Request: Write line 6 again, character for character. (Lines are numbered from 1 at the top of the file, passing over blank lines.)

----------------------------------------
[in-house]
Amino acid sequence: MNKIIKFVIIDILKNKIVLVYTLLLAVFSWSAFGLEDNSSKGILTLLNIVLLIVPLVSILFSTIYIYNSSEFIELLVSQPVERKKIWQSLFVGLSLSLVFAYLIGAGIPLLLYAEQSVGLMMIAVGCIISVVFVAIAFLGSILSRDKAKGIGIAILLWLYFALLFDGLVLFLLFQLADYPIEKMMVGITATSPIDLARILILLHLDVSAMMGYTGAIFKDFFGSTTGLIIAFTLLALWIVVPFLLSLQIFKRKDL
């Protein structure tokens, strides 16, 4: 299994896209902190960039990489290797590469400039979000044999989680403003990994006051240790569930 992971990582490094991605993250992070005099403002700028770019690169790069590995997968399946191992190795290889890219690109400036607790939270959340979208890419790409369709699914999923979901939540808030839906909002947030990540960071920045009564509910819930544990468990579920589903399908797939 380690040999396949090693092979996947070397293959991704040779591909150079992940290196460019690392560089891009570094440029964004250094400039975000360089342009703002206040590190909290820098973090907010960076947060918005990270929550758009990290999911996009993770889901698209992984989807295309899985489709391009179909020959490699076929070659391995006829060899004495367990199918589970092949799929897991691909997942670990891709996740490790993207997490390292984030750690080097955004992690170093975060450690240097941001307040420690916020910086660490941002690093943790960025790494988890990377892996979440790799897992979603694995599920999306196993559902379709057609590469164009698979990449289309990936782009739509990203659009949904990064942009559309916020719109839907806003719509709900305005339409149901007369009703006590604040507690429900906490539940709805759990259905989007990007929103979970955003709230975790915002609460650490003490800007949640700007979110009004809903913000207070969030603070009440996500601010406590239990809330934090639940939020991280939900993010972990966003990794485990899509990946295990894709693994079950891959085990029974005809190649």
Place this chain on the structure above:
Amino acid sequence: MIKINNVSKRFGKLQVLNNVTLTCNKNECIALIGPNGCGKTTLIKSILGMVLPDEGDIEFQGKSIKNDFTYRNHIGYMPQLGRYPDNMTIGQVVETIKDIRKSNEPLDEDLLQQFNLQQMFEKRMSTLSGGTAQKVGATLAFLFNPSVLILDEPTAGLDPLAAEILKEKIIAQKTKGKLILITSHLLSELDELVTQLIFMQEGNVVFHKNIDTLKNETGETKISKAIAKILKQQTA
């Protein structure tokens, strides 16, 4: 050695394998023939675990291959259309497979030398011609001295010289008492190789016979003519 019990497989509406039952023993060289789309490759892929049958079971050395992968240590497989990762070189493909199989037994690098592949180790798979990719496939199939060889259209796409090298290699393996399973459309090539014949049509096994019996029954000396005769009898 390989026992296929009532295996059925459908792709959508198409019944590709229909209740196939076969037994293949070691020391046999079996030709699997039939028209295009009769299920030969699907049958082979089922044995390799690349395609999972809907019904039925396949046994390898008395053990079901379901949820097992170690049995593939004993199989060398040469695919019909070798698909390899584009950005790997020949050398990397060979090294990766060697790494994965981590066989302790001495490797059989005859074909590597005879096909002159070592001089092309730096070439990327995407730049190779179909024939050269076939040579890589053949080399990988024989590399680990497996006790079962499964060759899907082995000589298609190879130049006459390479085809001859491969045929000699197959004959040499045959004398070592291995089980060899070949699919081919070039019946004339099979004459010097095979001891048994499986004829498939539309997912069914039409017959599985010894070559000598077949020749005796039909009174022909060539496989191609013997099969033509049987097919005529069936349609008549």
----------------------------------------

């Protein structure tokens, strides 16, 4: 050695394998023939675990291959259309497979030398011609001295010289008492190789016979003519 019990497989509406039952023993060289789309490759892929049958079971050395992968240590497989990762070189493909199989037994690098592949180790798979990719496939199939060889259209796409090298290699393996399973459309090539014949049509096994019996029954000396005769009898 390989026992296929009532295996059925459908792709959508198409019944590709229909209740196939076969037994293949070691020391046999079996030709699997039939028209295009009769299920030969699907049958082979089922044995390799690349395609999972809907019904039925396949046994390898008395053990079901379901949820097992170690049995593939004993199989060398040469695919019909070798698909390899584009950005790997020949050398990397060979090294990766060697790494994965981590066989302790001495490797059989005859074909590597005879096909002159070592001089092309730096070439990327995407730049190779179909024939050269076939040579890589053949080399990988024989590399680990497996006790079962499964060759899907082995000589298609190879130049006459390479085809001859491969045929000699197959004959040499045959004398070592291995089980060899070949699919081919070039019946004339099979004459010097095979001891048994499986004829498939539309997912069914039409017959599985010894070559000598077949020749005796039909009174022909060539496989191609013997099969033509049987097919005529069936349609008549």